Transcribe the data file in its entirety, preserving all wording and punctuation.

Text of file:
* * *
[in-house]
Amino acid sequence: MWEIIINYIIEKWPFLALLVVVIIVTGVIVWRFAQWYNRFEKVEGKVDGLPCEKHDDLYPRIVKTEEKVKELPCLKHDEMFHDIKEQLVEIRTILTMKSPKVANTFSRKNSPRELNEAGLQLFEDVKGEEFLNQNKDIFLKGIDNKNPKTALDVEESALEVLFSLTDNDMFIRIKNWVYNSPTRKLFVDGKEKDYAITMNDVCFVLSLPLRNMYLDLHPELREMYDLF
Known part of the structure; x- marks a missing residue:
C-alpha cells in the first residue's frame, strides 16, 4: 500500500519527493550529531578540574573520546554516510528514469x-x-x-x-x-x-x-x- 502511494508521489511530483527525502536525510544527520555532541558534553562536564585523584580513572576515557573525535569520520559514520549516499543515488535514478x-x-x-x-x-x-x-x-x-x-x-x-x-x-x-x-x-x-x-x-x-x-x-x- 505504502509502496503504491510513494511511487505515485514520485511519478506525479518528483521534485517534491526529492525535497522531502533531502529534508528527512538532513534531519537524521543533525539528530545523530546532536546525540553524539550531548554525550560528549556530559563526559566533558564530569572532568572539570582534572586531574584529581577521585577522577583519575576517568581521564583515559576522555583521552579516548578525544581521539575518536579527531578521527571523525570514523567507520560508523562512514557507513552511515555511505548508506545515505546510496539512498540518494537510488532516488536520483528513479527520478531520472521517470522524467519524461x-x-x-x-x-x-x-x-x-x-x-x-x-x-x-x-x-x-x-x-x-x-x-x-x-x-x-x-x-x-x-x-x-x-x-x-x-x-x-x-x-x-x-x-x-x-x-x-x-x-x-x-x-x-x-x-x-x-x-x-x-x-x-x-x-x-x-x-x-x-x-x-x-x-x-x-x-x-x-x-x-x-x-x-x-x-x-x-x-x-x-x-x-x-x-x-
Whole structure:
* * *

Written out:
[in-house]
Amino acid sequence: MWEIIINYIIEKWPFLALLVVVIIVTGVIVWRFAQWYNRFEKVEGKVDGLPCEKHDDLYPRIVKTEEKVKELPCLKHDEMFHDIKEQLVEIRTILTMKSPKVANTFSRKNSPRELNEAGLQLFEDVKGEEFLNQNKDIFLKGIDNKNPKTALDVEESALEVLFSLTDNDMFIRIKNWVYNSPTRKLFVDGKEKDYAITMNDVCFVLSLPLRNMYLDLHPELREMYDLF
Known part of the structure; x- marks a missing residue:
C-alpha cells in the first residue's frame, strides 16, 4: 500500500519527493550529531578540574573520546554516510528514469x-x-x-x-x-x-x-x- 502511494508521489511530483527525502536525510544527520555532541558534553562536564585523584580513572576515557573525535569520520559514520549516499543515488535514478x-x-x-x-x-x-x-x-x-x-x-x-x-x-x-x-x-x-x-x-x-x-x-x- 505504502509502496503504491510513494511511487505515485514520485511519478506525479518528483521534485517534491526529492525535497522531502533531502529534508528527512538532513534531519537524521543533525539528530545523530546532536546525540553524539550531548554525550560528549556530559563526559566533558564530569572532568572539570582534572586531574584529581577521585577522577583519575576517568581521564583515559576522555583521552579516548578525544581521539575518536579527531578521527571523525570514523567507520560508523562512514557507513552511515555511505548508506545515505546510496539512498540518494537510488532516488536520483528513479527520478531520472521517470522524467519524461x-x-x-x-x-x-x-x-x-x-x-x-x-x-x-x-x-x-x-x-x-x-x-x-x-x-x-x-x-x-x-x-x-x-x-x-x-x-x-x-x-x-x-x-x-x-x-x-x-x-x-x-x-x-x-x-x-x-x-x-x-x-x-x-x-x-x-x-x-x-x-x-x-x-x-x-x-x-x-x-x-x-x-x-x-x-x-x-x-x-x-x-x-x-x-x-
Whole structure: